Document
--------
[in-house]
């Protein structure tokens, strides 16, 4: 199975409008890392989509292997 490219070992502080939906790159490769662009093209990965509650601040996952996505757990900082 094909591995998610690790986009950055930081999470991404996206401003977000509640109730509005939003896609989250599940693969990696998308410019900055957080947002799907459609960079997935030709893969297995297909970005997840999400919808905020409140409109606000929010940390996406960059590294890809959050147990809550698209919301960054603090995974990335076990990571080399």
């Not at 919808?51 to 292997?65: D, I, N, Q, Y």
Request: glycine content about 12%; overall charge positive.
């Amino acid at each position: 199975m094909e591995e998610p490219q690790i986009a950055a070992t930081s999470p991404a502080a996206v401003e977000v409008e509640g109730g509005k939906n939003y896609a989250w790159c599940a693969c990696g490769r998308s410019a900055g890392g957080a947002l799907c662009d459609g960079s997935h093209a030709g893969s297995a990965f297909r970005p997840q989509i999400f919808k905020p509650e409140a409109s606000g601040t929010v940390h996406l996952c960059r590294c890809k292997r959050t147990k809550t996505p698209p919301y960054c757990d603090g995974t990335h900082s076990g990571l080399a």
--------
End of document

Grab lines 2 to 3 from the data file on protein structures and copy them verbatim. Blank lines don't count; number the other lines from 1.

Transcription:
């Protein structure tokens, strides 16, 4: 199975409008890392989509292997 490219070992502080939906790159490769662009093209990965509650601040996952996505757990900082 094909591995998610690790986009950055930081999470991404996206401003977000509640109730509005939003896609989250599940693969990696998308410019900055957080947002799907459609960079997935030709893969297995297909970005997840999400919808905020409140409109606000929010940390996406960059590294890809959050147990809550698209919301960054603090995974990335076990990571080399």
């Not at 919808?51 to 292997?65: D, I, N, Q, Y």